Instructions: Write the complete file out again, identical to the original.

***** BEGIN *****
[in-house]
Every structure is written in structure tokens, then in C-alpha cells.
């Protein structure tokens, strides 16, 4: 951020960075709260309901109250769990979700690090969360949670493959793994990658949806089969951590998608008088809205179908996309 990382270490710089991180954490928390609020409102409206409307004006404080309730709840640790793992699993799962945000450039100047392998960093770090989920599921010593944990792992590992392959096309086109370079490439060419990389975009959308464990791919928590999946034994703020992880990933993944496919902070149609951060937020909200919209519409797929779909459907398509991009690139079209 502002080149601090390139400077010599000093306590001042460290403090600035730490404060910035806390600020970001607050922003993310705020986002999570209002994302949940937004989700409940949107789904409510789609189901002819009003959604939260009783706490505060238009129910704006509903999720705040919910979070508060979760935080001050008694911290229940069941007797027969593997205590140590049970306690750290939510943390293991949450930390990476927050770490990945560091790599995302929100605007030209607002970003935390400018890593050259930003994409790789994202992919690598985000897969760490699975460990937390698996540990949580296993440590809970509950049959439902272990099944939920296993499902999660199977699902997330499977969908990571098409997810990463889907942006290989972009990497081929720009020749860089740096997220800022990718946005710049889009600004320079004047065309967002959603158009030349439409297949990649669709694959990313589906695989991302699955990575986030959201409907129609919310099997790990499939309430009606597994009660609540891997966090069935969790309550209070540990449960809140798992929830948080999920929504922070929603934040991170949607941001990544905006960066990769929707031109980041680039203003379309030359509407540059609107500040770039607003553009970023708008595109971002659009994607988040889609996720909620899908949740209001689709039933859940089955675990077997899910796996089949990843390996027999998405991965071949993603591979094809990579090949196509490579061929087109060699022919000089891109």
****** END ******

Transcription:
[in-house]
Every structure is written in structure tokens, then in C-alpha cells.
């Protein structure tokens, strides 16, 4: 951020960075709260309901109250769990979700690090969360949670493959793994990658949806089969951590998608008088809205179908996309 990382270490710089991180954490928390609020409102409206409307004006404080309730709840640790793992699993799962945000450039100047392998960093770090989920599921010593944990792992590992392959096309086109370079490439060419990389975009959308464990791919928590999946034994703020992880990933993944496919902070149609951060937020909200919209519409797929779909459907398509991009690139079209 502002080149601090390139400077010599000093306590001042460290403090600035730490404060910035806390600020970001607050922003993310705020986002999570209002994302949940937004989700409940949107789904409510789609189901002819009003959604939260009783706490505060238009129910704006509903999720705040919910979070508060979760935080001050008694911290229940069941007797027969593997205590140590049970306690750290939510943390293991949450930390990476927050770490990945560091790599995302929100605007030209607002970003935390400018890593050259930003994409790789994202992919690598985000897969760490699975460990937390698996540990949580296993440590809970509950049959439902272990099944939920296993499902999660199977699902997330499977969908990571098409997810990463889907942006290989972009990497081929720009020749860089740096997220800022990718946005710049889009600004320079004047065309967002959603158009030349439409297949990649669709694959990313589906695989991302699955990575986030959201409907129609919310099997790990499939309430009606597994009660609540891997966090069935969790309550209070540990449960809140798992929830948080999920929504922070929603934040991170949607941001990544905006960066990769929707031109980041680039203003379309030359509407540059609107500040770039607003553009970023708008595109971002659009994607988040889609996720909620899908949740209001689709039933859940089955675990077997899910796996089949990843390996027999998405991965071949993603591979094809990579090949196509490579061929087109060699022919000089891109």